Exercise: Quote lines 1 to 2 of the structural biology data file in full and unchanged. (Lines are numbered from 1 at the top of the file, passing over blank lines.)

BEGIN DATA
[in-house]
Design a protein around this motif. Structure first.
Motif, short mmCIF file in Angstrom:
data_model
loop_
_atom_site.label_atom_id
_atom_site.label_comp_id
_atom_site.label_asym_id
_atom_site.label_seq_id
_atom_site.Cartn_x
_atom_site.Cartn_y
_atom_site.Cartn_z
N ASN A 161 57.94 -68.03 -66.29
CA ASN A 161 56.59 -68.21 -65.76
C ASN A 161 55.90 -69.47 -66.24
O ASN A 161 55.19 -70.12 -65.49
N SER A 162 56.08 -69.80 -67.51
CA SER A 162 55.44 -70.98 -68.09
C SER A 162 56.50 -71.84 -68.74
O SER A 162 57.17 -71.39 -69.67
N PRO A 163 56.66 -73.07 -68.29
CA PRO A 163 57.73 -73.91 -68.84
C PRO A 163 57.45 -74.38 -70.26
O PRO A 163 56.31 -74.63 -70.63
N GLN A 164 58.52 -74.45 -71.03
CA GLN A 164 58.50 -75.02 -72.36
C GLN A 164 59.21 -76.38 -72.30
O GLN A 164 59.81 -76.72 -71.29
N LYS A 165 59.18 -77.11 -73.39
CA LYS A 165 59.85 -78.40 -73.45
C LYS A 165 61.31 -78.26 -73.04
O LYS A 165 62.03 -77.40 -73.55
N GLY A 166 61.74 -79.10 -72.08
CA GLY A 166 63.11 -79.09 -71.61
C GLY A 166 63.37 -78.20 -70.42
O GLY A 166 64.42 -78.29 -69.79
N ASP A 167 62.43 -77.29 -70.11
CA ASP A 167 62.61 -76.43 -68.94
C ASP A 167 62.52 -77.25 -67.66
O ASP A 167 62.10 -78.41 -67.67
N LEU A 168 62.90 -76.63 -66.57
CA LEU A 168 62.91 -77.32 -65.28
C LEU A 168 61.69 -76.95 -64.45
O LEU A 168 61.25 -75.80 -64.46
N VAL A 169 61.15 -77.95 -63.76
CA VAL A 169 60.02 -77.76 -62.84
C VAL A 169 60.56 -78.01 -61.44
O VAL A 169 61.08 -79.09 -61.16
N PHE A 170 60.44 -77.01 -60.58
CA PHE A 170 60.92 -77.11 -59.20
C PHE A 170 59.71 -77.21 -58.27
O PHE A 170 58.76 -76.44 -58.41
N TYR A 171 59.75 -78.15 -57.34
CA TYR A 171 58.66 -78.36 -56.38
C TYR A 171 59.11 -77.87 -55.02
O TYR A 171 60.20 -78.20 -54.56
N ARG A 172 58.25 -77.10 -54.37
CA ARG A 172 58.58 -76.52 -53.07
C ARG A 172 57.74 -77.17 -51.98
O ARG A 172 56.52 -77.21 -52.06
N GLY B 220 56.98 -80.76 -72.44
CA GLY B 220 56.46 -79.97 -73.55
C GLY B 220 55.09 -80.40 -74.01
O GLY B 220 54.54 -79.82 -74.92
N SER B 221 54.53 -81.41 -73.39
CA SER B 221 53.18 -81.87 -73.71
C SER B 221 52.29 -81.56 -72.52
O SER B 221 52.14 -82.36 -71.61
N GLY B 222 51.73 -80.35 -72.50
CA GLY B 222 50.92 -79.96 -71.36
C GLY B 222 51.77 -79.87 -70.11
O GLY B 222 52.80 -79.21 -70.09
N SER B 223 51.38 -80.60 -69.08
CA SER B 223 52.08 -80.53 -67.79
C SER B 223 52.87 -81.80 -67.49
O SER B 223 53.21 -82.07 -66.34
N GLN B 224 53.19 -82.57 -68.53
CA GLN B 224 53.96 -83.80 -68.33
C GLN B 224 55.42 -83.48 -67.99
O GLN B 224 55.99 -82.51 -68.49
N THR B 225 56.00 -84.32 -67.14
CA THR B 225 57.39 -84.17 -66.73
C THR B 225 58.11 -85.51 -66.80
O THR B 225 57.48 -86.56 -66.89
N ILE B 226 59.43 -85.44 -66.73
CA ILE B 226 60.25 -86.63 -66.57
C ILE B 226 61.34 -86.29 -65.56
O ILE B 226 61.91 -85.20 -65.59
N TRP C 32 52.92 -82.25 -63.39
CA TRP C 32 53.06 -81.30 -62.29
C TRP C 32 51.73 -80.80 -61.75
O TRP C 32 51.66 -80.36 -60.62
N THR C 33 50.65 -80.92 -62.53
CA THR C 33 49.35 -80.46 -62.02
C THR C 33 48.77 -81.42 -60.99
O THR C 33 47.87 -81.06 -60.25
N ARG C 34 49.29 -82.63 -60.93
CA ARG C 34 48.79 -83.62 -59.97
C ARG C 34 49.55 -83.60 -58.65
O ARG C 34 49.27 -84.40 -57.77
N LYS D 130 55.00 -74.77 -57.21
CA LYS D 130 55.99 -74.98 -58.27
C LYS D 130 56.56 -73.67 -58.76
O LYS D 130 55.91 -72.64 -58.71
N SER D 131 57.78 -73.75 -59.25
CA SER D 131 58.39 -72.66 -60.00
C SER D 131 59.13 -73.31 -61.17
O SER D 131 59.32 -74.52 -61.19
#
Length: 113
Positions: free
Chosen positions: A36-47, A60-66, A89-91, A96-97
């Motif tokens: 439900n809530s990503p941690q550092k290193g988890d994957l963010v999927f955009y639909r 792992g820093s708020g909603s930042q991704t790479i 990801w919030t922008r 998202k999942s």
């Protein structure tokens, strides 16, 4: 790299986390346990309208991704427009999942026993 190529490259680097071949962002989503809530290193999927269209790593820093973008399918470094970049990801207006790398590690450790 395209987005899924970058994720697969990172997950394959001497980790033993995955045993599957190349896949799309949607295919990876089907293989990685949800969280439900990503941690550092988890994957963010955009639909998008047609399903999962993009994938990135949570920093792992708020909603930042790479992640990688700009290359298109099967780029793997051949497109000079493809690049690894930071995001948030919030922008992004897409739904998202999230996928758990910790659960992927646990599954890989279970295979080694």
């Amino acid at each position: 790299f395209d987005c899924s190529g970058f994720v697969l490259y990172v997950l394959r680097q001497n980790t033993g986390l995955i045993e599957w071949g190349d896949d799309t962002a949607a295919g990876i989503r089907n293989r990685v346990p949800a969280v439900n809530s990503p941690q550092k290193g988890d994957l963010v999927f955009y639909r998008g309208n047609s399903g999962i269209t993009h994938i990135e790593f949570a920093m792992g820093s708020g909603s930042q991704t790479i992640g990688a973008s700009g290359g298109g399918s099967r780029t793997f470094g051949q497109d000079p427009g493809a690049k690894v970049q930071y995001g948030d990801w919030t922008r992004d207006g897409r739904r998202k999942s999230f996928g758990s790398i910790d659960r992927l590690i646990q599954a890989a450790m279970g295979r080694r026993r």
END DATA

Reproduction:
[in-house]
Design a protein around this motif. Structure first.